Kansas Becomes First State To Ban Second Trimester Abortion Procedure
ROBERT SIEGEL, HOST:
Last week, Kansas Governor Sam Brownback signed the Unborn Child Protection from Dismemberment Abortion Act. It bans a common second trimester procedure. Those who oppose abortion see this new graphically-titled law as another tactic to limit abortion. NPR's Eleanor Klibanoff has more.
ELEANOR KLIBANOFF, BYLINE: When states pass laws limiting abortions, they usually put restrictions on women who want them or on clinics that perform them. But the anti-abortion movement has had limited success trying to ban abortion procedures, until last week, when Kansas was the first to ban the most common second trimester procedure, dilation and evacuation. Laura McQuade, who heads Planned Parenthood here in Kansas, finds this alarming.
LAURA MCQUADE: The D and E procedure is endorsed as the safest method for second trimester abortion. And for Kansas politicians to think that is in their purview to override that kind of medical science is just astonishing.
KLIBANOFF: But while Planned Parenthood was working on the medical angle, a group called Kansans for Life was winning in the court of public opinion. Kathy Ostrowski, the group's legislative director, says the new law embraces the term dismemberment abortion.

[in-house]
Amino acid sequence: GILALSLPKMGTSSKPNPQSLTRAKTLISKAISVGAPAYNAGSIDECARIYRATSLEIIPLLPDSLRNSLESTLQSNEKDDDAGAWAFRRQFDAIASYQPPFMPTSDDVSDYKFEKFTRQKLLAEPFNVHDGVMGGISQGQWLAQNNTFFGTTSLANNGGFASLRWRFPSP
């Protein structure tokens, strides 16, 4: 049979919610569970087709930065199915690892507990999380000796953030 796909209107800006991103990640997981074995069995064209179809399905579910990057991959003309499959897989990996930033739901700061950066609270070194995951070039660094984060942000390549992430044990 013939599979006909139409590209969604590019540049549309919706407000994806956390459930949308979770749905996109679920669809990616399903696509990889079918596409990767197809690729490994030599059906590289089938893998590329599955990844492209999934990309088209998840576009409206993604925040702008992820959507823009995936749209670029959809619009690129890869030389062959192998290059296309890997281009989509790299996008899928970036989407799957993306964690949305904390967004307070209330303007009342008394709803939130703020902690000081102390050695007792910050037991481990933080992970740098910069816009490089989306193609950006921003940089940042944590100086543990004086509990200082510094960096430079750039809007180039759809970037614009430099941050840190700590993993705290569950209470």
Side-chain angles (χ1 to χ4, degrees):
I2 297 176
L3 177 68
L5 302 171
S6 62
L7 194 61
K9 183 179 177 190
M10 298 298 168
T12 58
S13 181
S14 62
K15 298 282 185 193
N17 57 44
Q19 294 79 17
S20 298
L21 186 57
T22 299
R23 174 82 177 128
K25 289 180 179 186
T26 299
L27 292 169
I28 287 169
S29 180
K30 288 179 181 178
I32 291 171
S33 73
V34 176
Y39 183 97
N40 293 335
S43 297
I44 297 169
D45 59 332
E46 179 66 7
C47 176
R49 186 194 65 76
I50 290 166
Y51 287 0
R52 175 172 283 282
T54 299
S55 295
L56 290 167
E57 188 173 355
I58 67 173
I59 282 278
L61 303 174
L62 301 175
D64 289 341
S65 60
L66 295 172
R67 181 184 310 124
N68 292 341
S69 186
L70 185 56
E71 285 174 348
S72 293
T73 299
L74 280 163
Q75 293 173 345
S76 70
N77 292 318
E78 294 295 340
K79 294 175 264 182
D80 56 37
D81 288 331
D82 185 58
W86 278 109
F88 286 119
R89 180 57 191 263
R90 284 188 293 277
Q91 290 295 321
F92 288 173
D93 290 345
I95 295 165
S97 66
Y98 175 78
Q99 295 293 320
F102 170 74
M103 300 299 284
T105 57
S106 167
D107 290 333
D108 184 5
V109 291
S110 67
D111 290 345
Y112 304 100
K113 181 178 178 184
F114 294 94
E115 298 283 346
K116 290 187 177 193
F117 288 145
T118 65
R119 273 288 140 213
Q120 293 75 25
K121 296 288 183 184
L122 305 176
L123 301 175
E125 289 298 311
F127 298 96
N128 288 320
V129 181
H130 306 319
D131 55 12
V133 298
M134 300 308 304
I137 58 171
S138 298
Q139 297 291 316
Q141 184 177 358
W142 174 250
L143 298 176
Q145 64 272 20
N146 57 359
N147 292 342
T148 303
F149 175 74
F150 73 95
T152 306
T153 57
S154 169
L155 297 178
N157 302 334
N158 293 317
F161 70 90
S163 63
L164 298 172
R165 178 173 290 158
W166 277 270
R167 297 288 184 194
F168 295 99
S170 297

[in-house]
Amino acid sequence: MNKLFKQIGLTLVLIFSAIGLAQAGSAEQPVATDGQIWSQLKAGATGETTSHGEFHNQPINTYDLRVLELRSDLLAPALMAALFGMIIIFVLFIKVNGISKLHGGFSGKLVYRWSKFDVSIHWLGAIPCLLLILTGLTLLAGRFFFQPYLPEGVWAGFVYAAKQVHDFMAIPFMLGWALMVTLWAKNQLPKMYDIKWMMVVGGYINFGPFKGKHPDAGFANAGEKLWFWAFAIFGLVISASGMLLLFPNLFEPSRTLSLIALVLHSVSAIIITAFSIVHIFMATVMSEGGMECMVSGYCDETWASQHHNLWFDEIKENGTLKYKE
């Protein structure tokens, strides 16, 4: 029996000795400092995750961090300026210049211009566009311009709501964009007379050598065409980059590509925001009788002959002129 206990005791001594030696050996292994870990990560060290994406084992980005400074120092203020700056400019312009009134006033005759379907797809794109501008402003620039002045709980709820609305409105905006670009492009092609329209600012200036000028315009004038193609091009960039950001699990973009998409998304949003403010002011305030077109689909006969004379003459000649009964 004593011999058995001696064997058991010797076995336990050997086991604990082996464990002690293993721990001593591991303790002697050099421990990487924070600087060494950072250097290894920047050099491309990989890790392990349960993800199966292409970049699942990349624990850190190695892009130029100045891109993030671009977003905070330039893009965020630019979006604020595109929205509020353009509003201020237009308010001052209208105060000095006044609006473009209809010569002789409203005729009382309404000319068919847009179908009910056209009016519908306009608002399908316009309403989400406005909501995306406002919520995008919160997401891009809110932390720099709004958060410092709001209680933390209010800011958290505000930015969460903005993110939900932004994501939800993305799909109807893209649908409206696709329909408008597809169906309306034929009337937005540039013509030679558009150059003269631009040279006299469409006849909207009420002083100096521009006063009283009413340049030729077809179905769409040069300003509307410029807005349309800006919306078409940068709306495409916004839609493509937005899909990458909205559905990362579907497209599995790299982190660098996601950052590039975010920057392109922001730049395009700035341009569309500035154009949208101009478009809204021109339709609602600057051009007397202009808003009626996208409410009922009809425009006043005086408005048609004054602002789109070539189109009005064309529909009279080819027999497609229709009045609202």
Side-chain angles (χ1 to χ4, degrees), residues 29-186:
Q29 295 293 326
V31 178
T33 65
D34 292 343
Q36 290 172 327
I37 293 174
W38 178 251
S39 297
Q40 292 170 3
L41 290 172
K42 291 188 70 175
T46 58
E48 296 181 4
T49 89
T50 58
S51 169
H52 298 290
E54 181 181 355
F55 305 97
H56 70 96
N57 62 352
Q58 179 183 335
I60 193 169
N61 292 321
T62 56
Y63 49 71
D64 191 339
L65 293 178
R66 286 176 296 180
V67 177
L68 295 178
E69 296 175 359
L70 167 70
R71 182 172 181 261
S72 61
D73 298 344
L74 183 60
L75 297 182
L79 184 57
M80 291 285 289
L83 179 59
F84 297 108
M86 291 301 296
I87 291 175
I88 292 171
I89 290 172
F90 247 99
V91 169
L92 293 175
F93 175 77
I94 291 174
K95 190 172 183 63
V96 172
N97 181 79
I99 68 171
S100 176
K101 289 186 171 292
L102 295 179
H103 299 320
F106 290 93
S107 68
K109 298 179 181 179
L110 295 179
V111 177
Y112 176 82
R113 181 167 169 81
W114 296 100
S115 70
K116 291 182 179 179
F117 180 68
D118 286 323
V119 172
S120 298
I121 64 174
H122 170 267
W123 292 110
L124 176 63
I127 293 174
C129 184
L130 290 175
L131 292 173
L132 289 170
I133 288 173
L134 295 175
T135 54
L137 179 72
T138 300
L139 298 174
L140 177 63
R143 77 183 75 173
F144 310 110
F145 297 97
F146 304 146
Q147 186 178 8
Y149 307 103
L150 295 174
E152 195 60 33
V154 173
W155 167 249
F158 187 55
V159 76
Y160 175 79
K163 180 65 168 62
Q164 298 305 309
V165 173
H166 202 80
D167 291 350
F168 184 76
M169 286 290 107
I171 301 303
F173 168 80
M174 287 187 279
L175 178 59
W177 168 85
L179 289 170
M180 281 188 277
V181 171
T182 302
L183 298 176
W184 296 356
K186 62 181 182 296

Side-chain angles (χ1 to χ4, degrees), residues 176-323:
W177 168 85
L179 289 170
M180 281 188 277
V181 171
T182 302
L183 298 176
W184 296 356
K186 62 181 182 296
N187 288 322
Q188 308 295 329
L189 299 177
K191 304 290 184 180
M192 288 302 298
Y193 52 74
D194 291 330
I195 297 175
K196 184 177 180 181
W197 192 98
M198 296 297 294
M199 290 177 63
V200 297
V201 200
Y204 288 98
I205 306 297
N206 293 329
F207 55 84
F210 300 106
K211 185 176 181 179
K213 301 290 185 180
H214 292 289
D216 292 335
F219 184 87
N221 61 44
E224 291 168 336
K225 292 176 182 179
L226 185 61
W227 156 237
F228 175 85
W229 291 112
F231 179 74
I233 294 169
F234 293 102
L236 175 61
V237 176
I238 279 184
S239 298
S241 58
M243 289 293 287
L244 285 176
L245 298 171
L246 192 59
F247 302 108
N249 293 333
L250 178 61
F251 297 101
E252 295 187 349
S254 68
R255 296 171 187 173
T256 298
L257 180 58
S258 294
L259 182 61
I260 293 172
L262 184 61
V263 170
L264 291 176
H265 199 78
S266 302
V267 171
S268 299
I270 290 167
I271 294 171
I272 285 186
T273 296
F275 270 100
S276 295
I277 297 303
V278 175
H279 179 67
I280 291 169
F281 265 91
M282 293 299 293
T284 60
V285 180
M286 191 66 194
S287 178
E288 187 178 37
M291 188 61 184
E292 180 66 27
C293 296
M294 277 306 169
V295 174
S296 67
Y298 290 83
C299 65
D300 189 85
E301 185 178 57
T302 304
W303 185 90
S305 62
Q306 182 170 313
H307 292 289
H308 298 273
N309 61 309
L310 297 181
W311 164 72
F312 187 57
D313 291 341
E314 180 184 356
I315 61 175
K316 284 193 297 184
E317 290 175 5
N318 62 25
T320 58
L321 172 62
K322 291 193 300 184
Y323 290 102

KATHY OSTROWSKI: A doctor wouldn't say, we're going to disarticulate your limb. He's going to say, we're going to have to break this bone and reset it. When you're examining these kinds of procedures, it's important not to obscure it with terminology the public can't understand.
KLIBANOFF: Only one other medically-sound abortion procedure has been banned in this country - intact dilation and extraction, or D and Ex, was banned by Congress in 2003, a decision upheld by the Supreme Court four years later. But just like D and E, this one got another name too.
(SOUNDBITE OF TV AD)
UNIDENTIFIED WOMAN: What happens to mostly-born babies in a partial-birth abortion is shocking. Me, I would never perform one.
KLIBANOFF: That ad, by the National Right to Life Committee, was the mildest in a series of commercials that aired in the late 1990s. David Garrow, who teaches law and studies abortion policy at the University of Pittsburgh, says the harsh language is intentional.
DAVID GARROW: The quite correct realization that abortion opponents had was that they could only successfully attack abortion rights at the margin, not head-on.
KLIBANOFF: But where partial-birth was a rarely-used procedure, D and E is not. And Laura McQuade of Planned Parenthood says it's typically done much earlier.
MCQUADE: It is clearly pre-viability. The constitutional standard still says viability.
KLIBANOFF: McQuade and Ostrowski likely don't agree on much, but on this issue, they each feel that the Supreme Court is on their side. Ostrowski says many the justices, including abortion-rights supporter Ruth Bader Ginsburg, did bring up D and E during the partial-birth abortion debate. But David Garrow says we don't know their intent.
GARROW: If this goes forward, that would leave no alternative, because D and E was the alternative.
KLIBANOFF: In Kansas, Planned Parenthood is working with the state's other two abortion providers to consider legal action.
MCQUADE: It's really important that we get this right. Kansas is a bellwether state. These laws, once they're introduced, tend to repeat themselves.
KLIBANOFF: Eleanor Klibanoff, NPR News, Kansas City.
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